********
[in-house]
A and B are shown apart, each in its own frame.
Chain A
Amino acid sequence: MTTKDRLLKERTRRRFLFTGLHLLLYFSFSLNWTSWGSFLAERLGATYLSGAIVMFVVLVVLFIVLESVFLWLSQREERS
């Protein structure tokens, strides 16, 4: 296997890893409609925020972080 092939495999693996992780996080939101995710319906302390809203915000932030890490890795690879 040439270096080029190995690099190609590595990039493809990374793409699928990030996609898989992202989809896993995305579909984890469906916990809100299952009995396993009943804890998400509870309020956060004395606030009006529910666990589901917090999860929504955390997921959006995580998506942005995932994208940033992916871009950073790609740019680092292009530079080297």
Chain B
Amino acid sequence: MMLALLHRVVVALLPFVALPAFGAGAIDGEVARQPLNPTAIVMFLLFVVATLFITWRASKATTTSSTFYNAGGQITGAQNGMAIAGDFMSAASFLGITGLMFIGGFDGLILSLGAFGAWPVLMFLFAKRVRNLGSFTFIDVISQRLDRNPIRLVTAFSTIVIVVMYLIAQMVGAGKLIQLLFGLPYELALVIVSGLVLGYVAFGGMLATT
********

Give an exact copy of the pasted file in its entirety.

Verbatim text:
[in-house]
A and B are shown apart, each in its own frame.
Chain A
Amino acid sequence: MTTKDRLLKERTRRRFLFTGLHLLLYFSFSLNWTSWGSFLAERLGATYLSGAIVMFVVLVVLFIVLESVFLWLSQREERS
């Protein structure tokens, strides 16, 4: 296997890893409609925020972080 092939495999693996992780996080939101995710319906302390809203915000932030890490890795690879 040439270096080029190995690099190609590595990039493809990374793409699928990030996609898989992202989809896993995305579909984890469906916990809100299952009995396993009943804890998400509870309020956060004395606030009006529910666990589901917090999860929504955390997921959006995580998506942005995932994208940033992916871009950073790609740019680092292009530079080297």
Chain B
Amino acid sequence: MMLALLHRVVVALLPFVALPAFGAGAIDGEVARQPLNPTAIVMFLLFVVATLFITWRASKATTTSSTFYNAGGQITGAQNGMAIAGDFMSAASFLGITGLMFIGGFDGLILSLGAFGAWPVLMFLFAKRVRNLGSFTFIDVISQRLDRNPIRLVTAFSTIVIVVMYLIAQMVGAGKLIQLLFGLPYELALVIVSGLVLGYVAFGGMLATT